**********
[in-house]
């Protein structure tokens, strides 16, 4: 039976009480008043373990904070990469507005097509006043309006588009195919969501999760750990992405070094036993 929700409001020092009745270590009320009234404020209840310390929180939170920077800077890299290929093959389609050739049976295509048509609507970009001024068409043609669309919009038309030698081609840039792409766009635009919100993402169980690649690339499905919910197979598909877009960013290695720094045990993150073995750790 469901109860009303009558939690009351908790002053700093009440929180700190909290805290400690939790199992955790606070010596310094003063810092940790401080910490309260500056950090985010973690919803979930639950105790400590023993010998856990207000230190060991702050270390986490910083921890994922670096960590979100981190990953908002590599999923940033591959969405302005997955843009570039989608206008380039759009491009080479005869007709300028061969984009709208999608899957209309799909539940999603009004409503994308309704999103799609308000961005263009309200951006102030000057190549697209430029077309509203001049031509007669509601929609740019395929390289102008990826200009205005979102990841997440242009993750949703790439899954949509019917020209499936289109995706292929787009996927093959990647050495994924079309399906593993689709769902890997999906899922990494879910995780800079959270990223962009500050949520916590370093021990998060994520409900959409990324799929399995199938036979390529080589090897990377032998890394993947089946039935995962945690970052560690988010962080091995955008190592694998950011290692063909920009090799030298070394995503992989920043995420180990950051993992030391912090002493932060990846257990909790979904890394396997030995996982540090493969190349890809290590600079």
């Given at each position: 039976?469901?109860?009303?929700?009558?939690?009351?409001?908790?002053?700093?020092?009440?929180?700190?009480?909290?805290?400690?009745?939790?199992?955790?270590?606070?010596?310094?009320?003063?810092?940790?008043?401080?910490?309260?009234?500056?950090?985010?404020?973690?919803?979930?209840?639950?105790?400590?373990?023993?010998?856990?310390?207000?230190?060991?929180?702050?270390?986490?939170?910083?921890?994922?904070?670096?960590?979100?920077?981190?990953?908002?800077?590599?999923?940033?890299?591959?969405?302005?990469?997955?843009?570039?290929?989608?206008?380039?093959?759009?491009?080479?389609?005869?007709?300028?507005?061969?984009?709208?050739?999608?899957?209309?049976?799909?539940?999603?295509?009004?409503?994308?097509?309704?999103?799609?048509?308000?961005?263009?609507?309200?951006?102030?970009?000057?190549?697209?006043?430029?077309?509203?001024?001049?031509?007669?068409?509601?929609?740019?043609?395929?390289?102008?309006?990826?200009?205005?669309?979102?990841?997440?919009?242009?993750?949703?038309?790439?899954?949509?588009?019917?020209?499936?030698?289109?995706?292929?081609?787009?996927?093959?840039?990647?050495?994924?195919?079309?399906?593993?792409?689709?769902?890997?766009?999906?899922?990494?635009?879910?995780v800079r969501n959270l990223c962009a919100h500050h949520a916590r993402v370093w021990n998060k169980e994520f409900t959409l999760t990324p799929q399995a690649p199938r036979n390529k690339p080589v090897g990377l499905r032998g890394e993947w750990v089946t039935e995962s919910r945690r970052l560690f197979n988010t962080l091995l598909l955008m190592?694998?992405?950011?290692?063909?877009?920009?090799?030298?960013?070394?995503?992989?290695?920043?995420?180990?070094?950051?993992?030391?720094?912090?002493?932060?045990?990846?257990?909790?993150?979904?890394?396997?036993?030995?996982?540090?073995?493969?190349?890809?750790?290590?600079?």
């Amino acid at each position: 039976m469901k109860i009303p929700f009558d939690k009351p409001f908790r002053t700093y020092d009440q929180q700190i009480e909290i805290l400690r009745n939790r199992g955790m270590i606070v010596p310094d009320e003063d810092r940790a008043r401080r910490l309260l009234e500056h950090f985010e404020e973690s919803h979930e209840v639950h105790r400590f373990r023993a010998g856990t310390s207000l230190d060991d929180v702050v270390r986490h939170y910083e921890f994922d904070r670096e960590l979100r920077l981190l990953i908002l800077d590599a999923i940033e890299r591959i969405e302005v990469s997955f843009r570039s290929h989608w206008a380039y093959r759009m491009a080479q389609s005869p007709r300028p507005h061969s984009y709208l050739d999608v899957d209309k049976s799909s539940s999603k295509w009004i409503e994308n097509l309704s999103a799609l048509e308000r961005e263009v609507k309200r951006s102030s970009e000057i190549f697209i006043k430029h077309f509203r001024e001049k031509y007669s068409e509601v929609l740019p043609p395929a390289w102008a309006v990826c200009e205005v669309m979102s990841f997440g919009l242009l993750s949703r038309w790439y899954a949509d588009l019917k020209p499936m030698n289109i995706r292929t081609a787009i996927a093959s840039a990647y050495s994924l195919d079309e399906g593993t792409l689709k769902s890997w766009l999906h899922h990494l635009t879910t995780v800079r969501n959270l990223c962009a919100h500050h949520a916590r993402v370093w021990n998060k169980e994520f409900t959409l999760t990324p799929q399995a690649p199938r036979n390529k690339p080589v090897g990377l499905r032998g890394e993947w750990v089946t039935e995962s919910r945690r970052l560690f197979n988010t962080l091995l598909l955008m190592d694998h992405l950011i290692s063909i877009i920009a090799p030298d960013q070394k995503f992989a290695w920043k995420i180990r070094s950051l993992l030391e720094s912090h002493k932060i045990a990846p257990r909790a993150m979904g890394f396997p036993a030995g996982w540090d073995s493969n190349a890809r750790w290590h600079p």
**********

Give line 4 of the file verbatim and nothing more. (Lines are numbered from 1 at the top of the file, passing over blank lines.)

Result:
């Amino acid at each position: 039976m469901k109860i009303p929700f009558d939690k009351p409001f908790r002053t700093y020092d009440q929180q700190i009480e909290i805290l400690r009745n939790r199992g955790m270590i606070v010596p310094d009320e003063d810092r940790a008043r401080r910490l309260l009234e500056h950090f985010e404020e973690s919803h979930e209840v639950h105790r400590f373990r023993a010998g856990t310390s207000l230190d060991d929180v702050v270390r986490h939170y910083e921890f994922d904070r670096e960590l979100r920077l981190l990953i908002l800077d590599a999923i940033e890299r591959i969405e302005v990469s997955f843009r570039s290929h989608w206008a380039y093959r759009m491009a080479q389609s005869p007709r300028p507005h061969s984009y709208l050739d999608v899957d209309k049976s799909s539940s999603k295509w009004i409503e994308n097509l309704s999103a799609l048509e308000r961005e263009v609507k309200r951006s102030s970009e000057i190549f697209i006043k430029h077309f509203r001024e001049k031509y007669s068409e509601v929609l740019p043609p395929a390289w102008a309006v990826c200009e205005v669309m979102s990841f997440g919009l242009l993750s949703r038309w790439y899954a949509d588009l019917k020209p499936m030698n289109i995706r292929t081609a787009i996927a093959s840039a990647y050495s994924l195919d079309e399906g593993t792409l689709k769902s890997w766009l999906h899922h990494l635009t879910t995780v800079r969501n959270l990223c962009a919100h500050h949520a916590r993402v370093w021990n998060k169980e994520f409900t959409l999760t990324p799929q399995a690649p199938r036979n390529k690339p080589v090897g990377l499905r032998g890394e993947w750990v089946t039935e995962s919910r945690r970052l560690f197979n988010t962080l091995l598909l955008m190592d694998h992405l950011i290692s063909i877009i920009a090799p030298d960013q070394k995503f992989a290695w920043k995420i180990r070094s950051l993992l030391e720094s912090h002493k932060i045990a990846p257990r909790a993150m979904g890394f396997p036993a030995g996982w540090d073995s493969n190349a890809r750790w290590h600079p």